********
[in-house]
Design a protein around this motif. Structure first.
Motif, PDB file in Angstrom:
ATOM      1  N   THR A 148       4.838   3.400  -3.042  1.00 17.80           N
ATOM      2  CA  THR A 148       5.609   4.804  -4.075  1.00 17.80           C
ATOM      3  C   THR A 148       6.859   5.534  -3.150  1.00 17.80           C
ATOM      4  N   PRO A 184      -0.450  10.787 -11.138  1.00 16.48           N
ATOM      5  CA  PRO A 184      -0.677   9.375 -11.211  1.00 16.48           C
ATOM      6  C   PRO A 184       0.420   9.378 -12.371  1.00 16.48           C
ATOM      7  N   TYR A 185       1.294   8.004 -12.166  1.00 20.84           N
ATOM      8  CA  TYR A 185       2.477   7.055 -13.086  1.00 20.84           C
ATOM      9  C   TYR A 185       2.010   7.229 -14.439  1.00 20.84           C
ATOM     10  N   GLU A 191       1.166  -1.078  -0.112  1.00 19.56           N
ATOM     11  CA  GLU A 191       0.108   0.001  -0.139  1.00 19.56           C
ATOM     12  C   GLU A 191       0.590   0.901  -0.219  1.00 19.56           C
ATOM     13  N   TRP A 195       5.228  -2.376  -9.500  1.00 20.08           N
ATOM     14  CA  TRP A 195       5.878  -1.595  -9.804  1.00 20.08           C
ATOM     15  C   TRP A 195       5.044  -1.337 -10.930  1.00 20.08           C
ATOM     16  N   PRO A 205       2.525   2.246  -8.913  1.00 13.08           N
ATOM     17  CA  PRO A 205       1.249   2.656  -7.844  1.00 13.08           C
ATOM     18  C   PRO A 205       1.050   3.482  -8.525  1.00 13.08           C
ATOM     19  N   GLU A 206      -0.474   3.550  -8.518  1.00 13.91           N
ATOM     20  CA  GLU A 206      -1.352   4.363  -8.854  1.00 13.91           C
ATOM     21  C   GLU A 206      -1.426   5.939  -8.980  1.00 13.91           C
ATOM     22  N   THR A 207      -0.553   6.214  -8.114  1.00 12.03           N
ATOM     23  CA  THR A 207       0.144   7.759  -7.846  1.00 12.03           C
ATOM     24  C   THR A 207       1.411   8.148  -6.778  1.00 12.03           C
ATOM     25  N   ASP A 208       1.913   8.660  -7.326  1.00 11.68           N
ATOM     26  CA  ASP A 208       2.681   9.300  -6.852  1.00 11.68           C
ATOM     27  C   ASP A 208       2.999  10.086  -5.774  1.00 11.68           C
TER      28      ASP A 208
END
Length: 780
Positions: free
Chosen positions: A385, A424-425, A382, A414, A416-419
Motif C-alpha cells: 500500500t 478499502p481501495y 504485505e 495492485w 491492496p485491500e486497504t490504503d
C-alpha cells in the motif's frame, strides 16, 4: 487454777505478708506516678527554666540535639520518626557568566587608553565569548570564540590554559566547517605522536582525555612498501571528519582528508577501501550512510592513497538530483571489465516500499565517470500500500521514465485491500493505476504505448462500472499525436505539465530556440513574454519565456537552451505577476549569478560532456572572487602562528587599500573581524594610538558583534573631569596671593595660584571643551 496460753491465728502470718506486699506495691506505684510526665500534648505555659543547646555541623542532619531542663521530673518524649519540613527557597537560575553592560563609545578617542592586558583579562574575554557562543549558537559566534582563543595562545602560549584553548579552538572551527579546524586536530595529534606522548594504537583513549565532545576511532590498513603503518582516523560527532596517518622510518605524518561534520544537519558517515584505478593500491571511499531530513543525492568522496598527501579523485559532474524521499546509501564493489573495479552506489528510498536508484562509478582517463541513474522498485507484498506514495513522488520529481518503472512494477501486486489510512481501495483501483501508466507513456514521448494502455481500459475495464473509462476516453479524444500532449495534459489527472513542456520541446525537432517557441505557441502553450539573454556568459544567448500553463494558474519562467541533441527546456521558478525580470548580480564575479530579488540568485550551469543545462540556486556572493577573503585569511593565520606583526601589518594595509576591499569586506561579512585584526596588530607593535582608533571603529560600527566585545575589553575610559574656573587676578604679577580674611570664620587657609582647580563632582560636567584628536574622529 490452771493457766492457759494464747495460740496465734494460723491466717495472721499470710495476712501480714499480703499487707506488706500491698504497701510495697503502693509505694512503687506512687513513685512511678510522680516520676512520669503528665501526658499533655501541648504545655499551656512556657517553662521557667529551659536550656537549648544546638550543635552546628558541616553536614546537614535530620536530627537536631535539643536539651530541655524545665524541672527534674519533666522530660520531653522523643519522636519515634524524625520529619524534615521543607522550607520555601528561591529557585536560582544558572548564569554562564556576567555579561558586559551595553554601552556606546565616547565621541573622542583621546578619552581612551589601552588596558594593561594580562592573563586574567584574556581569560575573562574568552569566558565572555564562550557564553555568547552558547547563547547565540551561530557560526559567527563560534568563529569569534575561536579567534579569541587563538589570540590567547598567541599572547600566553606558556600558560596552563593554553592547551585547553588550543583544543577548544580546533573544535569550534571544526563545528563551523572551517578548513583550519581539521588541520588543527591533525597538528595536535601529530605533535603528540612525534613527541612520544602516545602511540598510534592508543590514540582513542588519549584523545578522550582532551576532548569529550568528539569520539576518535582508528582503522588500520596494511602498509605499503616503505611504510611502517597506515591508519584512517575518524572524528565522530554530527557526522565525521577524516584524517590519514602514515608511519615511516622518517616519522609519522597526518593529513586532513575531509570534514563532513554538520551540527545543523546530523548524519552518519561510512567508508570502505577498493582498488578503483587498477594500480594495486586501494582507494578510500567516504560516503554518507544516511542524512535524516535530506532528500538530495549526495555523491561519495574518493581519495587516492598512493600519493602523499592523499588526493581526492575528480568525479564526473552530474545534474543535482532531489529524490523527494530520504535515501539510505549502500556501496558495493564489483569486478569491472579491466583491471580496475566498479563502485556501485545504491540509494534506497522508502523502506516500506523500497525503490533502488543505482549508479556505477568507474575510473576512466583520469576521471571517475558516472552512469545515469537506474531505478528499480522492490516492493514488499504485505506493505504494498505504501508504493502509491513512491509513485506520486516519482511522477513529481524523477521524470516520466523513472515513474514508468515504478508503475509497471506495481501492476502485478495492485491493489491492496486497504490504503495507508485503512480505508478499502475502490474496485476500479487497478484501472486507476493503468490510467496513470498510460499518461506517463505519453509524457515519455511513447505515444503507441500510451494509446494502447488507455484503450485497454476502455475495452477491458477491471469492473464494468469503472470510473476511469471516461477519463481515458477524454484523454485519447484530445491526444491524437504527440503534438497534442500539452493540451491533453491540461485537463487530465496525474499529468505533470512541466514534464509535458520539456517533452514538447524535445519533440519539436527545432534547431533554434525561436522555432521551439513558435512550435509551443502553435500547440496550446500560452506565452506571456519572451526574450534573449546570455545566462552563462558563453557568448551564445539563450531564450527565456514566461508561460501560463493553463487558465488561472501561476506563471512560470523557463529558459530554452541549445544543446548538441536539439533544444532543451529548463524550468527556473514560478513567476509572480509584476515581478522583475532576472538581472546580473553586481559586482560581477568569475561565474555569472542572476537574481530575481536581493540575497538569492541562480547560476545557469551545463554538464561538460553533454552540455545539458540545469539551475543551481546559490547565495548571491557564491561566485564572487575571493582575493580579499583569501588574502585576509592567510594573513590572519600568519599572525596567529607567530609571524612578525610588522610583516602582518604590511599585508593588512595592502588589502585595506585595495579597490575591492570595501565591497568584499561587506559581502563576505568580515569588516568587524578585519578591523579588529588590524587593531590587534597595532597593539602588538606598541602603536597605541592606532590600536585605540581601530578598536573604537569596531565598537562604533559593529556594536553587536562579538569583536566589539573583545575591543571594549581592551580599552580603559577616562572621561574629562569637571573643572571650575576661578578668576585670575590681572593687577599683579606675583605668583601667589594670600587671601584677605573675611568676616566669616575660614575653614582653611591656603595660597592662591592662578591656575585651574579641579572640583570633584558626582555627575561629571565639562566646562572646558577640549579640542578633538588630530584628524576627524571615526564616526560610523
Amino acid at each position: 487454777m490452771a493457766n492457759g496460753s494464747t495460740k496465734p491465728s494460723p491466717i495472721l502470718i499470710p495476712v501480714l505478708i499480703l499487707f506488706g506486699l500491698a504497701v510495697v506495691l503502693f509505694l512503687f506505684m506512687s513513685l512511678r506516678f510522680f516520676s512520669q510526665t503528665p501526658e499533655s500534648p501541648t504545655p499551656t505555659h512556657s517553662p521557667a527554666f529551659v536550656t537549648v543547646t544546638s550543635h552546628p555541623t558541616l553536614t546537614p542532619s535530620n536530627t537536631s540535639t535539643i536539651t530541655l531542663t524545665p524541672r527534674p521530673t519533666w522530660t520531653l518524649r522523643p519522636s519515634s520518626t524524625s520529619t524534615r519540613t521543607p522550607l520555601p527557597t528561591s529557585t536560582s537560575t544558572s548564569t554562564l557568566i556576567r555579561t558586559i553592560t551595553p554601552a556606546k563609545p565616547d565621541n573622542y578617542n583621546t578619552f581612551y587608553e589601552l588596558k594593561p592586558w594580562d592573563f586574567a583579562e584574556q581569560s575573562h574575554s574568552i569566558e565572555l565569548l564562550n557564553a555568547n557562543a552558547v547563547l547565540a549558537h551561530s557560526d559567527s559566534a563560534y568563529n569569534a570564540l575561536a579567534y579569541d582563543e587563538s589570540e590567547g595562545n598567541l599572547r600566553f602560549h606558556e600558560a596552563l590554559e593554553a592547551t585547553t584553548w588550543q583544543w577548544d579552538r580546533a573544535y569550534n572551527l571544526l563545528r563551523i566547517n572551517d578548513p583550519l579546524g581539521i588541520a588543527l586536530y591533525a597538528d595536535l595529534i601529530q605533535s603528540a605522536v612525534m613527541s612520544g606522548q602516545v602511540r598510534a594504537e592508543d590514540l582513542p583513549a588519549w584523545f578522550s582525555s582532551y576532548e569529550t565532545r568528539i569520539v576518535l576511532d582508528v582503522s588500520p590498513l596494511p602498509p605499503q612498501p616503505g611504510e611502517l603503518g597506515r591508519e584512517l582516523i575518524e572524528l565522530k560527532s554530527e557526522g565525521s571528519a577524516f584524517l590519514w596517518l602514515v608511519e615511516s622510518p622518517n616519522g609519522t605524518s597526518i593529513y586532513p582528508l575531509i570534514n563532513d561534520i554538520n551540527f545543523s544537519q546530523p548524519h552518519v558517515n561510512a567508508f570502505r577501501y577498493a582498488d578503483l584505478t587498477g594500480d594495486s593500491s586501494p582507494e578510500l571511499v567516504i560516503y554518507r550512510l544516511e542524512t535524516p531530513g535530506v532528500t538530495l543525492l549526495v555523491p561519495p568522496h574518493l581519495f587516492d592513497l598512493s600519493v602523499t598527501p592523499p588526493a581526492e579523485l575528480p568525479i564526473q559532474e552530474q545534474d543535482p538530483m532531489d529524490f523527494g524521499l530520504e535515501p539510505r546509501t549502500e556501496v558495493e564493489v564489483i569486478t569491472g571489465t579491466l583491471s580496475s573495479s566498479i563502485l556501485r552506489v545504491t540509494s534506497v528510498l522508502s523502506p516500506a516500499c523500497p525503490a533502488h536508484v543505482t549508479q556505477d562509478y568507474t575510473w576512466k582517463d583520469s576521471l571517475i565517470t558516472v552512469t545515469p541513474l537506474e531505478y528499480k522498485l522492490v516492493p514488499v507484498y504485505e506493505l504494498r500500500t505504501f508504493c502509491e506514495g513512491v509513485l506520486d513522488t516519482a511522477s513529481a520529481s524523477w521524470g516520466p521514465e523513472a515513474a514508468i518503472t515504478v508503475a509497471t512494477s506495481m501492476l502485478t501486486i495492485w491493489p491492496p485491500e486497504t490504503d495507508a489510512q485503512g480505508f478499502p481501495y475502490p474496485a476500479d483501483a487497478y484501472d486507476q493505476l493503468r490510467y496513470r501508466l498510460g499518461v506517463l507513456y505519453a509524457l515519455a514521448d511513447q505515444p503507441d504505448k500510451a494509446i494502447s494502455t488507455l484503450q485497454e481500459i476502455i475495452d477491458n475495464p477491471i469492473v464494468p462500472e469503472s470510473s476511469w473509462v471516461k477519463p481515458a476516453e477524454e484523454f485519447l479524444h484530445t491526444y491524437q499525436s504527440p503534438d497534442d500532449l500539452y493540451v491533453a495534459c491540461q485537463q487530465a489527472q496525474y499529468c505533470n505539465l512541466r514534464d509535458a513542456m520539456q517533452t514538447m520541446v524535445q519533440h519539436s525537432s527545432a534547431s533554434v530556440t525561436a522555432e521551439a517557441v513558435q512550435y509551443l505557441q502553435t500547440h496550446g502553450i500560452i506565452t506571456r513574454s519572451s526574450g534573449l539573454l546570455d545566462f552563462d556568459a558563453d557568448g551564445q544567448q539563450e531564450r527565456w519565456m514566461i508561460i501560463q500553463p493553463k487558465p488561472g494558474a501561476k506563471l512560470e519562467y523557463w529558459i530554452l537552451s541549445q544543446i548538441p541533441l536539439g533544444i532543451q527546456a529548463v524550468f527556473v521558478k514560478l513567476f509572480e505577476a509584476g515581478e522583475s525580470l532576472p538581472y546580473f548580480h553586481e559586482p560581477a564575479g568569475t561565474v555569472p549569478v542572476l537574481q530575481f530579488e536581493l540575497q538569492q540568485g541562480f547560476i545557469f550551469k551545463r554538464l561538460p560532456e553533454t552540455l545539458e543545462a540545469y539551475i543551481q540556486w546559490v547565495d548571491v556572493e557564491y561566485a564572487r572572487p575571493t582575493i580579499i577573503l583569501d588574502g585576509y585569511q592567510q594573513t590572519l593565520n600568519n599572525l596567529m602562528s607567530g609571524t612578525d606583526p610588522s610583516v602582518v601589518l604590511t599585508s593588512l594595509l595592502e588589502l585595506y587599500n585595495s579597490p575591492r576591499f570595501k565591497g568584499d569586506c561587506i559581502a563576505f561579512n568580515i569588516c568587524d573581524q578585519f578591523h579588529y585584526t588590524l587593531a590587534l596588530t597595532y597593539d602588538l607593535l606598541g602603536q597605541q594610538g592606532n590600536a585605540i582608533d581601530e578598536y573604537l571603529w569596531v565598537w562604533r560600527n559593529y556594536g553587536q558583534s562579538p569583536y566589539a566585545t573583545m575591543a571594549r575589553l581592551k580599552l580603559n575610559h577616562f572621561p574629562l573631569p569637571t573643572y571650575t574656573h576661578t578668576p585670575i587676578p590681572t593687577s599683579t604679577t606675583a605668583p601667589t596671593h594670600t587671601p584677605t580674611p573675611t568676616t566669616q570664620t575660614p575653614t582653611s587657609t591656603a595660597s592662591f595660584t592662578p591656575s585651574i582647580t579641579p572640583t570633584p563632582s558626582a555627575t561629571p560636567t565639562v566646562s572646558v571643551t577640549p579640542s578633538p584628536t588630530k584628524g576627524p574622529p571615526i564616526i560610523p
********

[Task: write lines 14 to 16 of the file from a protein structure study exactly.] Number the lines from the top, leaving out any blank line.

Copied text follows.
ATOM     11  CA  GLU A 191       0.108   0.001  -0.139  1.00 19.56           C
ATOM     12  C   GLU A 191       0.590   0.901  -0.219  1.00 19.56           C
ATOM     13  N   TRP A 195       5.228  -2.376  -9.500  1.00 20.08           N